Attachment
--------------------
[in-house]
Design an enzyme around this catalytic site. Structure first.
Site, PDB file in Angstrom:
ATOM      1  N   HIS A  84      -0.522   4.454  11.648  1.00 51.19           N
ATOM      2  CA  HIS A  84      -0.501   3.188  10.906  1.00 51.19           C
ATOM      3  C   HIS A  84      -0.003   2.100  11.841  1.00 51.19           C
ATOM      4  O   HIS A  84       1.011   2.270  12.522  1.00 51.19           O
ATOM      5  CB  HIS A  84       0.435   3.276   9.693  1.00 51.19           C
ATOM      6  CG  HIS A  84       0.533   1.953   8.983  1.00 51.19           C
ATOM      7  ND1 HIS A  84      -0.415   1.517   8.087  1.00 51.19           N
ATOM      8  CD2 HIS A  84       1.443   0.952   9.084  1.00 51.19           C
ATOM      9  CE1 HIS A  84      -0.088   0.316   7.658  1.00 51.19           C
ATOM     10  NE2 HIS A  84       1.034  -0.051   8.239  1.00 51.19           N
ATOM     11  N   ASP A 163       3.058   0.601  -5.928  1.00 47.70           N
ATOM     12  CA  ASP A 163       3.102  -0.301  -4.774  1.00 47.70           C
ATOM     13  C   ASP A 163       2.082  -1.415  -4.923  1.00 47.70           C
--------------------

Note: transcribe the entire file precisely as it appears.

[in-house]
Design an enzyme around this catalytic site. Structure first.
Site, PDB file in Angstrom:
ATOM      1  N   HIS A  84      -0.522   4.454  11.648  1.00 51.19           N
ATOM      2  CA  HIS A  84      -0.501   3.188  10.906  1.00 51.19           C
ATOM      3  C   HIS A  84      -0.003   2.100  11.841  1.00 51.19           C
ATOM      4  O   HIS A  84       1.011   2.270  12.522  1.00 51.19           O
ATOM      5  CB  HIS A  84       0.435   3.276   9.693  1.00 51.19           C
ATOM      6  CG  HIS A  84       0.533   1.953   8.983  1.00 51.19           C
ATOM      7  ND1 HIS A  84      -0.415   1.517   8.087  1.00 51.19           N
ATOM      8  CD2 HIS A  84       1.443   0.952   9.084  1.00 51.19           C
ATOM      9  CE1 HIS A  84      -0.088   0.316   7.658  1.00 51.19           C
ATOM     10  NE2 HIS A  84       1.034  -0.051   8.239  1.00 51.19           N
ATOM     11  N   ASP A 163       3.058   0.601  -5.928  1.00 47.70           N
ATOM     12  CA  ASP A 163       3.102  -0.301  -4.774  1.00 47.70           C
ATOM     13  C   ASP A 163       2.082  -1.415  -4.923  1.00 47.70           C